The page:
Fact Check

Fact Check

Have you found an error, or know of something we’ve missed in one of our stories?
Please use the form below and let us know.

* Required
  • Please post the headline of the story or the title of the video with the error.

  • Please post exactly what was wrong with the story.

  • Please indicate your source for the correct information.

  • Yes

    No

  • This will only be used to contact you if we have a question about your submission, it will not be used to identify you or be published.

  • Cancel

Having problems with the form?

Contact Us Directly
  • Print

You can comment on most stories on winnipegfreepress.com. You can also agree or disagree with other comments. All you need to do is be a Winnipeg Free Press print or e-edition subscriber to join the conversation and give your feedback.

You can comment on most stories on winnipegfreepress.com. You can also agree or disagree with other comments. All you need to do is be a Winnipeg Free Press print or e-edition subscriber to join the conversation and give your feedback.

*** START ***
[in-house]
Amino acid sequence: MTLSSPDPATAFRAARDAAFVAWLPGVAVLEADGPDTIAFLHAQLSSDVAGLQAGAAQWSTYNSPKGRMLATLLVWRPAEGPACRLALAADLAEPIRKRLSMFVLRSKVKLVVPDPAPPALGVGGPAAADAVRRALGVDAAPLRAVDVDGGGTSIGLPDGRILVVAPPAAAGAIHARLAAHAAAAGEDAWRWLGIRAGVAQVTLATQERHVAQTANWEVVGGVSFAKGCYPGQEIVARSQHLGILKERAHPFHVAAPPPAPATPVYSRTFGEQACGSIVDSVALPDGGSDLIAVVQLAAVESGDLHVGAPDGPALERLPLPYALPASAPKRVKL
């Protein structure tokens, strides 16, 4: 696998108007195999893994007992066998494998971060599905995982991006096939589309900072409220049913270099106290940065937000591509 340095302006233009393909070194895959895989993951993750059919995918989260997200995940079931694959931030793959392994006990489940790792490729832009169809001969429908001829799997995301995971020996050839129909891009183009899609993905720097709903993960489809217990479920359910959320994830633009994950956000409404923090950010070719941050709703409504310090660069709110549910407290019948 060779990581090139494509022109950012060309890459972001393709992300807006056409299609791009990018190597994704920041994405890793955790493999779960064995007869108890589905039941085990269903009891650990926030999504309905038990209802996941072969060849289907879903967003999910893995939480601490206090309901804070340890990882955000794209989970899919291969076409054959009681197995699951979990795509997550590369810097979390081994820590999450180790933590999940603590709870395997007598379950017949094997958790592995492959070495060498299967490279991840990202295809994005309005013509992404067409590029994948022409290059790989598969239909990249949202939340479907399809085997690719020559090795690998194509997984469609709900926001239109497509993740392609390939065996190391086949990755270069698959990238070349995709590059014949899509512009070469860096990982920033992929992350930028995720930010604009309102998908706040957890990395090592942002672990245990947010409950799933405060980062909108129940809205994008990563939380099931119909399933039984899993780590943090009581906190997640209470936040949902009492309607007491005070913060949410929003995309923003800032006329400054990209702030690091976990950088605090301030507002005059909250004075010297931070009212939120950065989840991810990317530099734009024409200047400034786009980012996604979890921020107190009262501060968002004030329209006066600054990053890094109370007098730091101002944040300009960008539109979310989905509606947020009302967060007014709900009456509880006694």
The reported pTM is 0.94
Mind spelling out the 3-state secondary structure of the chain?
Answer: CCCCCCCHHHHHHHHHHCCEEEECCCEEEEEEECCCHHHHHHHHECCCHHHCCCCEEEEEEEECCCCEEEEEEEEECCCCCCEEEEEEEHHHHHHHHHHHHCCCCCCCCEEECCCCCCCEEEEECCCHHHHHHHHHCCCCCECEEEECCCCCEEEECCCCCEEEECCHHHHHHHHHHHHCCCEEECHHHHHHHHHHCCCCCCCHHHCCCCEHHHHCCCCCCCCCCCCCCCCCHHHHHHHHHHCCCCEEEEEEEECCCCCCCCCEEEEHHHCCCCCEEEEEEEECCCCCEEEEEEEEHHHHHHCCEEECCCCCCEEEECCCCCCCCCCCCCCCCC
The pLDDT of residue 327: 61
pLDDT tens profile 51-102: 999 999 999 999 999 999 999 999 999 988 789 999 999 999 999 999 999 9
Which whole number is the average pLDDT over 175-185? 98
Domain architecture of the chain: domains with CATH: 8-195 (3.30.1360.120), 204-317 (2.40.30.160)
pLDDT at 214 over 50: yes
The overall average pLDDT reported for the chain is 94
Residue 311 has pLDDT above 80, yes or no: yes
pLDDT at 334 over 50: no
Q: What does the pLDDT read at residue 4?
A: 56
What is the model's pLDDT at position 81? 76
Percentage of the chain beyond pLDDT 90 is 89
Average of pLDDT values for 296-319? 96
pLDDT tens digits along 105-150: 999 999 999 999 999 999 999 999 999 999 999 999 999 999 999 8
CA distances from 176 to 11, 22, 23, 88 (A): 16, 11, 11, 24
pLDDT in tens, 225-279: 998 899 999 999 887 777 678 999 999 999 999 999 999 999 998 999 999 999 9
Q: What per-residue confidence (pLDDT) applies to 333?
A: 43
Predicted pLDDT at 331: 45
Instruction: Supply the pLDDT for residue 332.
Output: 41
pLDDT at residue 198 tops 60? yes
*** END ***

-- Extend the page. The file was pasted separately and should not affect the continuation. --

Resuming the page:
Have Your Say

New to commenting? Check out our Frequently Asked Questions.

Have Your Say

Comments are open to Winnipeg Free Press print or e-edition subscribers only. why?

Have Your Say

Comments are open to Winnipeg Free Press Subscribers only. why?

The Winnipeg Free Press does not necessarily endorse any of the views posted. By submitting your comment, you agree to our Terms and Conditions. These terms were revised effective April 16, 2010.

letters

Make text: Larger | Smaller

LATEST VIDEO

Stuart Murray announces musical RightsFest for CMHR opening weekend

View more like this

Photo Store Gallery

  • Geese fly in the morning light over Selkirk Ave Wednesday morning- Day 22– June 13, 2012   (JOE BRYKSA / WINNIPEG FREE PRESS)
  • PHIL HOSSACK / WINNIPEG FREE PRESS 070619 LIGHTNING ILLUMINATES AN ABANDONED GRAIN ELEVATOR IN THE VILLAGE OF SANFORD ABOUT 10PM TUESDAY NIGHT AS A LINE OF THUNDERSTORMS PASSED NEAR WINNIPEG JUST TO THE NORTH OF THIS  SITE.

View More Gallery Photos

Poll

Should the city grant mosquito buffer zones for medical reasons only?

View Results

View Related Story

Ads by Google